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A mechanism for defining a compensation action for an enterprise bean by that enterprise bean Disclosure Number: IPCOM000020386D
Original Publication Date: 2003-Nov-19
Included in the Prior Art Database: 2003-Nov-19
Document File: 2 page(s) / 47K

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A mechanism for an Enterprise JavaBean* to define how its actions can be compensated if it participates in a business process that uses the compensation patterns.

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A mechanism for defining a compensation action for an enterprise bean by that enterprise bean

Disclosed is an extension to the deployment description of an Enterprise JavaBean (EJB*) to allow that EJB to define how its actions can be compensated by a business process using the compensation design pattern. The new deployment descriptors describe pairings between method calls. One method call is used as the primary or forward method, i.e., the method used during normal operation of the EJB. The second method is the compensation method, which will be invoked by the application server if the primary method needs to be compensated.

    When an application consists of multiple transactions, changes that are committed by one part of the application and then need to undone must either explicitly undo the changes or use a compensation service to record and run undo actions when required. Existing compensation services require use of their own mechanisms to define the compensation actions (For example by using compensation handlers (as in BPEL4WS (Business Process Execution Language for Web Services)). These existing mechanisms require the compensation actions to be defined as Web Services and to provide application level compensation actions. For EJB applications these mechanisms are heavyweight and are very unnatural.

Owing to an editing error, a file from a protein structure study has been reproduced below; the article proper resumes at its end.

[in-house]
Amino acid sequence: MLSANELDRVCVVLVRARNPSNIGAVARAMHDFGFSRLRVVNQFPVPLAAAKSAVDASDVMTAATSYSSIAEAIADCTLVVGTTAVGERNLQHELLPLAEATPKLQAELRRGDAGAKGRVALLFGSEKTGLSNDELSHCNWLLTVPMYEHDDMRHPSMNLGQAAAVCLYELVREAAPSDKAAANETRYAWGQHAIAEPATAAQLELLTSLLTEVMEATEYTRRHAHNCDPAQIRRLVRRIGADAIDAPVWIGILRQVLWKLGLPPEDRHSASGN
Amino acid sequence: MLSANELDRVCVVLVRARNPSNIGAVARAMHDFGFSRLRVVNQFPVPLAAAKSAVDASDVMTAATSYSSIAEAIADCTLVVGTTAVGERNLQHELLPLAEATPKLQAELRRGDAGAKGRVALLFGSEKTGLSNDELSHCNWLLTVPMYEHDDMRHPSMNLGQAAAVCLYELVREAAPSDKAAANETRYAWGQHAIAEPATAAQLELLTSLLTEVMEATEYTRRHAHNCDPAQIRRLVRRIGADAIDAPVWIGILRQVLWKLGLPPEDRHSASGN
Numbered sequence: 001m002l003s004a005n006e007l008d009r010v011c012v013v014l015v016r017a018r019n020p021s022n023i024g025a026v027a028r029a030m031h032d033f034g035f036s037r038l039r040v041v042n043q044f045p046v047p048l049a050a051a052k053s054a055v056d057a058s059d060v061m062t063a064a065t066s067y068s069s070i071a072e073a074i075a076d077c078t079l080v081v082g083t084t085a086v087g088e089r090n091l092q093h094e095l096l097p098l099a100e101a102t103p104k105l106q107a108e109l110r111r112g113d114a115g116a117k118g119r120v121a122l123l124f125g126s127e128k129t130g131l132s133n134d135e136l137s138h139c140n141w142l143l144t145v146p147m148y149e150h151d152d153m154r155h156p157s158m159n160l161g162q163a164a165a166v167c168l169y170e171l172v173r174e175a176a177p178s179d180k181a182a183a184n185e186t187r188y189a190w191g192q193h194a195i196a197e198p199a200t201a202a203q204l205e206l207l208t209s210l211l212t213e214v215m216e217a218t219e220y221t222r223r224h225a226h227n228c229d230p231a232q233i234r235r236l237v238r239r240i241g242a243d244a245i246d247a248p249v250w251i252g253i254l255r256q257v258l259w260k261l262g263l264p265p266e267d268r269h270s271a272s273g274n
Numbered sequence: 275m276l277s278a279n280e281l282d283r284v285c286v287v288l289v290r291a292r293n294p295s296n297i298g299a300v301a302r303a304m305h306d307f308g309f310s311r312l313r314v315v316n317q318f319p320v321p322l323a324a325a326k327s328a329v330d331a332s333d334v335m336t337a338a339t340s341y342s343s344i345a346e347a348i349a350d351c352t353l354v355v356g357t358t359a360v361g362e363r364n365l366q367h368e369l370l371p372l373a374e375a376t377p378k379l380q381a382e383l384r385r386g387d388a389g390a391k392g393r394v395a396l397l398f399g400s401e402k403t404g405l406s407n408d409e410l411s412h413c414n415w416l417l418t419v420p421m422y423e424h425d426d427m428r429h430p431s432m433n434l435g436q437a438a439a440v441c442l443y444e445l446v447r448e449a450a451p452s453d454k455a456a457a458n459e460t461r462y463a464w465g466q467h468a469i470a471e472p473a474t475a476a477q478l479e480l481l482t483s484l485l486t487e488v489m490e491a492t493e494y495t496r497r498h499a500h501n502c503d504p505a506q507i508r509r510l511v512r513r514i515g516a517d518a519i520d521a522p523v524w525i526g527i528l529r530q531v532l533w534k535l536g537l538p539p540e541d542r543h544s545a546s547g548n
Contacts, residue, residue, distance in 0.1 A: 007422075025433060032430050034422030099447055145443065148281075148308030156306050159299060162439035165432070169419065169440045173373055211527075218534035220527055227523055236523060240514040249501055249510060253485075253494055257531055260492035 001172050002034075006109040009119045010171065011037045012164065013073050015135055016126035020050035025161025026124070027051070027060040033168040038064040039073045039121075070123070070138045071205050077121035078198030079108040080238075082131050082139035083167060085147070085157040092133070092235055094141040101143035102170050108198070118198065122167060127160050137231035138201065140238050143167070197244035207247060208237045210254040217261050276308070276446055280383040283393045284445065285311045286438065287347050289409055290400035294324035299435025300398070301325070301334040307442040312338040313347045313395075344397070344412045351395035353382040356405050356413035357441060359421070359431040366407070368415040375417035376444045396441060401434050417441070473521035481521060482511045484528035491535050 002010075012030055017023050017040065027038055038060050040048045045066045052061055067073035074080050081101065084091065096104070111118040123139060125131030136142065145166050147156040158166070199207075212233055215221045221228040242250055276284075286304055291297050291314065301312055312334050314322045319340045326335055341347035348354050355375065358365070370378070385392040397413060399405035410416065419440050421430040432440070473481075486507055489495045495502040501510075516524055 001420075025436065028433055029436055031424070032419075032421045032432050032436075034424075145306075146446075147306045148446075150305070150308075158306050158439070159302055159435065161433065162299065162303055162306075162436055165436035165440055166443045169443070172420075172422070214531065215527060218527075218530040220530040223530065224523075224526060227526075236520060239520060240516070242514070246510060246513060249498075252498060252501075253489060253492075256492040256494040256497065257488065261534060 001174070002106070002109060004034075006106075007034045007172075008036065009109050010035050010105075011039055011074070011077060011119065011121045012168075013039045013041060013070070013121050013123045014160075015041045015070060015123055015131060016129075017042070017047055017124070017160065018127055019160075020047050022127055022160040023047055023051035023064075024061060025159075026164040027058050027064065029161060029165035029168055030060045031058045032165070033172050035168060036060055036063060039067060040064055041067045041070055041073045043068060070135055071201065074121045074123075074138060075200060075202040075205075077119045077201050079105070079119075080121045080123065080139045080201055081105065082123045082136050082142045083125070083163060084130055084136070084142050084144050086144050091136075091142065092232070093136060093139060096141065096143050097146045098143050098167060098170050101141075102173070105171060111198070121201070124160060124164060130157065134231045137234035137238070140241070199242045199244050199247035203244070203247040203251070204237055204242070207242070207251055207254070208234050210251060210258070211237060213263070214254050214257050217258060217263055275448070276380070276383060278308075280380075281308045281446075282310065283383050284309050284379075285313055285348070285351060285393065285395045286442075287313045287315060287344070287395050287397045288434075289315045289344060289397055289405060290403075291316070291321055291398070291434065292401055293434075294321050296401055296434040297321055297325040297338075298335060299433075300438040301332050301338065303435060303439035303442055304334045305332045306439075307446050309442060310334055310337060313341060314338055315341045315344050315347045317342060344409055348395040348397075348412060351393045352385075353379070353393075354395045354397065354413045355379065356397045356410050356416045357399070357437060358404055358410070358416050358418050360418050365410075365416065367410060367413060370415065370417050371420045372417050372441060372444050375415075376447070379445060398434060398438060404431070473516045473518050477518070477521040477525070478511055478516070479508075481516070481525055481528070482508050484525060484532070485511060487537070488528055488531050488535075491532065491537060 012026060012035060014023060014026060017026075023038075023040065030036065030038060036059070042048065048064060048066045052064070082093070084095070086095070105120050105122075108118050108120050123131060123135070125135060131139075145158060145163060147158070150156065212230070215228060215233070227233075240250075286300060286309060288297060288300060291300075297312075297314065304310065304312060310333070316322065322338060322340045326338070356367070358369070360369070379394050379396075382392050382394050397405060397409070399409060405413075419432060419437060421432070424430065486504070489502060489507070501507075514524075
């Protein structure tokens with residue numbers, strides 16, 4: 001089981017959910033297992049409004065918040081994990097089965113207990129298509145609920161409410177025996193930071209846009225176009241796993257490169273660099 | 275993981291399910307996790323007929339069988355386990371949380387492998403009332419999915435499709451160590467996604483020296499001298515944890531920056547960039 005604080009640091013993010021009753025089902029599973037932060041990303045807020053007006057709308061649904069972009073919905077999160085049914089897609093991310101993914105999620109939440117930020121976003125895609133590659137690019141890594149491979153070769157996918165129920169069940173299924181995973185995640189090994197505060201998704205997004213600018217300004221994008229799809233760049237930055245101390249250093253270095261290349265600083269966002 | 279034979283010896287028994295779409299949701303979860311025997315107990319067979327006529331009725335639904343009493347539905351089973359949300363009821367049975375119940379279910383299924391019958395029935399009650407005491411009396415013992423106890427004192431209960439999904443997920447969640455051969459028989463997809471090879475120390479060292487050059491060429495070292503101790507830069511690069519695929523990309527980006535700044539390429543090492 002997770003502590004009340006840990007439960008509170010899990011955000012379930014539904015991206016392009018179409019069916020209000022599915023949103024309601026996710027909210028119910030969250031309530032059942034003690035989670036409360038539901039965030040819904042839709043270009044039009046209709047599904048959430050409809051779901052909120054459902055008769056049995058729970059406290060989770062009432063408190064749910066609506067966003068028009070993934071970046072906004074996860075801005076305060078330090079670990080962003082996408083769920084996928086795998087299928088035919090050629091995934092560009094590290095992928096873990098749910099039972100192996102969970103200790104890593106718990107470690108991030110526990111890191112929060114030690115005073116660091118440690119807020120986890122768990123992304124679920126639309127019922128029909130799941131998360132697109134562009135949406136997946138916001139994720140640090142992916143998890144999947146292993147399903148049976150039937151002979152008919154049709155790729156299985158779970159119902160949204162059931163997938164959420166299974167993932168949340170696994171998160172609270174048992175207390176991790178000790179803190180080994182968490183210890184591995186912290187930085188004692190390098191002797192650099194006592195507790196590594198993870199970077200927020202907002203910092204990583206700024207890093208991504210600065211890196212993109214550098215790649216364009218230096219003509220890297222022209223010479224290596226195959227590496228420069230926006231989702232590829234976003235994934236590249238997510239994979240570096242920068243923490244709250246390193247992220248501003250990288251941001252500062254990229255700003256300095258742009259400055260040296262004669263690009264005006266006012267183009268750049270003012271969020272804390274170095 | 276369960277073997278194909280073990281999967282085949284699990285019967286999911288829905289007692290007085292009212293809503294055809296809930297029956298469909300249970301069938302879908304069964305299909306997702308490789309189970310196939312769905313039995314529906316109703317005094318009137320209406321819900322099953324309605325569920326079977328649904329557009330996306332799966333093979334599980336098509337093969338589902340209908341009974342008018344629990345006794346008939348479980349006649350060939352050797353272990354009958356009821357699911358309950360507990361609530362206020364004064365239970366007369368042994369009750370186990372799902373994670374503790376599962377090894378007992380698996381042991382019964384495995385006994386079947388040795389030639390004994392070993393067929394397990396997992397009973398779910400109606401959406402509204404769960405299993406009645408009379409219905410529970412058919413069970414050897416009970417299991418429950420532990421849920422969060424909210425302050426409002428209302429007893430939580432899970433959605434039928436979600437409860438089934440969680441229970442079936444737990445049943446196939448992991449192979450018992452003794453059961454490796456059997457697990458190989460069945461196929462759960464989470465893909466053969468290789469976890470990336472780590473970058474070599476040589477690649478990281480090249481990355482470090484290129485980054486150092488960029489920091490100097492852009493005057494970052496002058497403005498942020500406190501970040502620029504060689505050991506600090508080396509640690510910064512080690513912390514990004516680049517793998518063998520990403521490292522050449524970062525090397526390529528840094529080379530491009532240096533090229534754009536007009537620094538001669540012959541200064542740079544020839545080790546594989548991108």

By extending the deployment description of the EJB to provide the definition of a compensation method to be invoked if the caller's transaction rolls back, and by extended the application server to understand the extended deployment descriptor, the EJB can participate in the compensation service and be invoked by that compensation service as required by any compensation.

    An example of such an extended deployment descriptor that defines the compensation behavior of an EJB contained within an enterprise application is:


<compensation-group id="comp1">

<ejb-name>ProcessPayment</ejb-name> <primary-method>

             <primary-method-name>ByCash</primary-method-name> <primary-method-param id="Customer">CustomerRemote</primary-method-param>

             <primary-method-param id="amount">double<primary-method-param> </primary-method> <primary-method>

             <method-name>ByCheck</method-name> <primary-method-param id="Customer">CustomerRemote</primary-method-param>

             <primary-method-param id="checkDo">CheckDO</primary-method-param>

             <primary-method-param id="amount">double</primary-method-param> </primary-method> <primary-method>

<method-name>ByCreditCard</method-name> <primary-method-param

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             <primary-method-param id="creditDo">CreditDO</primary-method-param>

             <primary-method-param id="amount">double<primary-method-param> </primary-method> <compensation-method>

             <method-name>refund</method-name> </compens...